• Marvel Comics: Astonishing Comics, Kid Colt, Outlaw, Battle, Battlefront, Captain America, Creatures on the Loose, Journey into Mystery, Unknown Worlds, Justice Comics, Love Romances, Marines in Battle, Men¢s Adventures, Mystery Tales, Mystic, Mystical Tales, Navy Tales, Quick-Trigger Western, Strange Stories of Suspense, Strange Tales of the Unusual, Strange Tales, Tales of Justice, Tales of Suspense, Uncanny Tales, The Vision and various western titles[13]
  • Quality Comics: Blackhawk, Buccaneers, Captain Daring, Captain Triumph, Crack Comics,[7] Dollman, Espionage, Firebrand, Hercules, Hit Comics,[7] Midnight, Military Comics, The Ray, Smash Comics,[7] Uncle Sam.[13]
  • T. S. Denison: Treasure Chest[13]
  • Tower Comics: Dynamo, Noman[13]
  • Warren Publishin: Vampirella, Blazing Combat, Creepy, Eerie[13]
  • Western Publishing/Gold Key Comics: Believe It or Not, Boris Karloff Tales of Mystery, and The Twilight Zone.[13]

Notes and references

Notes

  1. 1.0 1.1 Grand Comics Database: Smash Comics #24 (July 1941)
  2. Wikipedia contributors. "Reed Crandall." Wikipedia, the free encyclopedia. Version: May 19, 2009. Retrieved: August 6, 2009.
  3. 3.0 3.1 3.2 3.3 3.4 3.5 3.6 The Lambiek Comiclopedia: Reed Crandall. Retrieved: August 7, 2009.
  4. 4.0 4.1 Cooke, Jon, ed. The T.H.U.N.D.E.R. Agents Companion. (TwoMorrows Publishing, Raleigh, North Carolina, 2005} ISBN 1-893905-43-8. p. 65
  5. 5.00 5.01 5.02 5.03 5.04 5.05 5.06 5.07 5.08 5.09 5.10 5.11 5.12 Stiles, Steve. "A Look at EC Great Reed Crandall." stevestiles.com.. Retrieved: August 8, 2009.
  6. 6.0 6.1 Interview with art-school classmate and lifelong friend Frank Borth, in Cooke, p. 66-67
  7. 7.00 7.01 7.02 7.03 7.04 7.05 7.06 7.07 7.08 7.09 7.10 7.11 7.12 7.13 Graffix Multimedia. "Biographies: Reed Crandall." Comic Art and Graffix Gallery, 2006. Retrieved: August 7, 2009.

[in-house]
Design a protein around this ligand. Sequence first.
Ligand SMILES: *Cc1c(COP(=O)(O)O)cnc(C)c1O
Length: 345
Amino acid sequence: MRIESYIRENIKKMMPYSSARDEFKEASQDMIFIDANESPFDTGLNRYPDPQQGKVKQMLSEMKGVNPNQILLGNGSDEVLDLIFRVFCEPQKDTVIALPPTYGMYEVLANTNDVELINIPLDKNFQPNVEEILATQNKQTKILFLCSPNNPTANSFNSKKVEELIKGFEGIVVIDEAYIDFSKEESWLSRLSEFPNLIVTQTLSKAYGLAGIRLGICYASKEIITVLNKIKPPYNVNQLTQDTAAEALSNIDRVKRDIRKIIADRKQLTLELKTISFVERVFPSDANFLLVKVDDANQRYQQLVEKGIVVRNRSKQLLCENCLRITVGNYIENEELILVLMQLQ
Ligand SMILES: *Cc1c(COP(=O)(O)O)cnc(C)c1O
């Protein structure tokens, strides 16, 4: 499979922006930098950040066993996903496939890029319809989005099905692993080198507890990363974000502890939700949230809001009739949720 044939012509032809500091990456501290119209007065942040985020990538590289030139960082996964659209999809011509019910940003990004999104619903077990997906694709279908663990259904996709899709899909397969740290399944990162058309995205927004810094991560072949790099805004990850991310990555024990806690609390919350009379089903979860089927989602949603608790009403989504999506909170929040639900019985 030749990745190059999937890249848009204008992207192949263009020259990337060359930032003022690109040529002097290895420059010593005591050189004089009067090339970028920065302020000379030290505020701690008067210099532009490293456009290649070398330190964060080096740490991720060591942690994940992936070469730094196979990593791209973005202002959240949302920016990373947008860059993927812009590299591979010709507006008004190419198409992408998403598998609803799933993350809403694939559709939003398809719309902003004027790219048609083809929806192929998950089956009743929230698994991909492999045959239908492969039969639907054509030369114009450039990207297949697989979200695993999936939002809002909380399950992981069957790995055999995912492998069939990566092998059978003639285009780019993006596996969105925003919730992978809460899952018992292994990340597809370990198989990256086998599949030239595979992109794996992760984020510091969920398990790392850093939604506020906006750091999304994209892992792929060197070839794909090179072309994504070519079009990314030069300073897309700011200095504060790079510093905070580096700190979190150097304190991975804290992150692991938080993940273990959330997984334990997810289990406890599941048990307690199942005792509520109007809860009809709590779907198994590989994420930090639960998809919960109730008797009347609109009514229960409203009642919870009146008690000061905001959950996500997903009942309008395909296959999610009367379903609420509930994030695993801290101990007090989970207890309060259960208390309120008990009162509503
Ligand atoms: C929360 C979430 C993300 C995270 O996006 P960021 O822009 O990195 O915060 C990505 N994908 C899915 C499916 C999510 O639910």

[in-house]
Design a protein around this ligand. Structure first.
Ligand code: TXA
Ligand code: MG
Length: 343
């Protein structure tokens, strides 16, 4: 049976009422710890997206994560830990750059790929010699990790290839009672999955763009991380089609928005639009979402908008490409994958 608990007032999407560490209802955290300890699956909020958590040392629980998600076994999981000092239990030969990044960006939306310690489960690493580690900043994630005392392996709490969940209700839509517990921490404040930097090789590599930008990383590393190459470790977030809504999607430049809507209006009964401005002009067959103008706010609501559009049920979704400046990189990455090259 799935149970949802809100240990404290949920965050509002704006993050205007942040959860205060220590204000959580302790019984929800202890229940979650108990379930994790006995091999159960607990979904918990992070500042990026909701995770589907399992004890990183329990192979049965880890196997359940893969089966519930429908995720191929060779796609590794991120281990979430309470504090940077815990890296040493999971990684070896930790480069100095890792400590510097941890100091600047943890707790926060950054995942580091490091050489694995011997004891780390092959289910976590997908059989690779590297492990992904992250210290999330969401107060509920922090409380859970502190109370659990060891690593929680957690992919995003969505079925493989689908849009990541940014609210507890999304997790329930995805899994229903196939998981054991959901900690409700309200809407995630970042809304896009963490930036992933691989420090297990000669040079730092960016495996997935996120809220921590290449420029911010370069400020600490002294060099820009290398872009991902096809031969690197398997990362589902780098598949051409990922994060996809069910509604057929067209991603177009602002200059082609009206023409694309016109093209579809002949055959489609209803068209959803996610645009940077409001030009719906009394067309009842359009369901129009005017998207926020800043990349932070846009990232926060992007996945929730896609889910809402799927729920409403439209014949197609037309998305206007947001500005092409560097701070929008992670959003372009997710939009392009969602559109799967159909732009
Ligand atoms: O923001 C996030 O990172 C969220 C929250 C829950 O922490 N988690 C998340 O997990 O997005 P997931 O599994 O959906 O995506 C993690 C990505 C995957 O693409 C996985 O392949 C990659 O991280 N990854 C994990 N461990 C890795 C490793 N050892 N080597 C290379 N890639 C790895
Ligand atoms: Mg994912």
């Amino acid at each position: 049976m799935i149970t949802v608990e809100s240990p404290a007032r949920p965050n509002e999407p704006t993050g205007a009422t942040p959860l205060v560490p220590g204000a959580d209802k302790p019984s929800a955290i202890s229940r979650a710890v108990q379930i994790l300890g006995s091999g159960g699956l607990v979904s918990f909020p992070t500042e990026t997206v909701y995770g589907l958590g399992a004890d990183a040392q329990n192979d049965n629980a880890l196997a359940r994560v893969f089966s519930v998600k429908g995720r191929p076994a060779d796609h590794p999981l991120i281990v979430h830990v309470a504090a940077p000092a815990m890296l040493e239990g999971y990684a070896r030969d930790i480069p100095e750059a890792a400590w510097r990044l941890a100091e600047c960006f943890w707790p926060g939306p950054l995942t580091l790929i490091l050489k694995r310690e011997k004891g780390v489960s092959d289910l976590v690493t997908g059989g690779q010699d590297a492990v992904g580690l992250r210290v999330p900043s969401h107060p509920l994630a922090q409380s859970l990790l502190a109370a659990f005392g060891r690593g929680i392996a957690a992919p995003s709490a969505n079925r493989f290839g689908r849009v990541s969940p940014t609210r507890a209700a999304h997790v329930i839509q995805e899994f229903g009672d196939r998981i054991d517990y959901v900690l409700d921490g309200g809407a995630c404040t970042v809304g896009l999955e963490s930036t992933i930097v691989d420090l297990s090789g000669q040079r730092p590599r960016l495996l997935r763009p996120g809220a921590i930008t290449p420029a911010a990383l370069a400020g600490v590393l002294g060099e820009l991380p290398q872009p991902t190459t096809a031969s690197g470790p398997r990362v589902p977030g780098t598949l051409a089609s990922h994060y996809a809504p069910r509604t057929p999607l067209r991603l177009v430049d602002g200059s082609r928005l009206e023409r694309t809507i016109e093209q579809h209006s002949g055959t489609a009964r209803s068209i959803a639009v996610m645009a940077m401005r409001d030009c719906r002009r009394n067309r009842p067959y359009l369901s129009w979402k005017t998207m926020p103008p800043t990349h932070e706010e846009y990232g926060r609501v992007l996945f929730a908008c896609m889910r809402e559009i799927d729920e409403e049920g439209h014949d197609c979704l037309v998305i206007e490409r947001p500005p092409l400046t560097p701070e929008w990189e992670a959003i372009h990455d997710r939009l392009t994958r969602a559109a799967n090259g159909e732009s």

8. 8.0 8.1 John Hitchcock. "Rare Reed Crandall." TVparty.com, . Retrieved: August 7, 2009.
  9. Grand Comics Database: Fight Comics #12 (April 1941)
  10. Grand Comics Database: Captain America Comics #2 (April 1941)
  11. Grand Comics Database: Captain America Comics #3 (May 1941)
  12. Hajdu, David. The Ten-Cent Plague: The Great Comic-Book Scare and How It Changed America (Farrar, Straus and Giroux, 2008) ISBN 0374187673, ISBN 978-0374187675
  13. 13.00 13.01 13.02 13.03 13.04 13.05 13.06 13.07 13.08 13.09 13.10 13.11 13.12 Mike Vance. "Suspended Animation." Suspended Animation - Comic Book News and Reviews, 2009. Retrieved: August 7, 2009.
  14. 14.0 14.1 Benton, Mike. The Comic Book in America: An Illustrated History. (Taylor Publishing, Dallas, Texas, 1989) ISBN 0-87833-659-1, pp. 68, 129]
  15. 15.0 15.1 Tom Mandrake. "Reed Crandall." Tom Mandrake Message Board, July 3, 2006. Retrieved: August 7, 2009.
  16. Chabon, Michael. Chabon The Amazing Adventures of Kavalier and Clay. Random House, 2000.

References

External links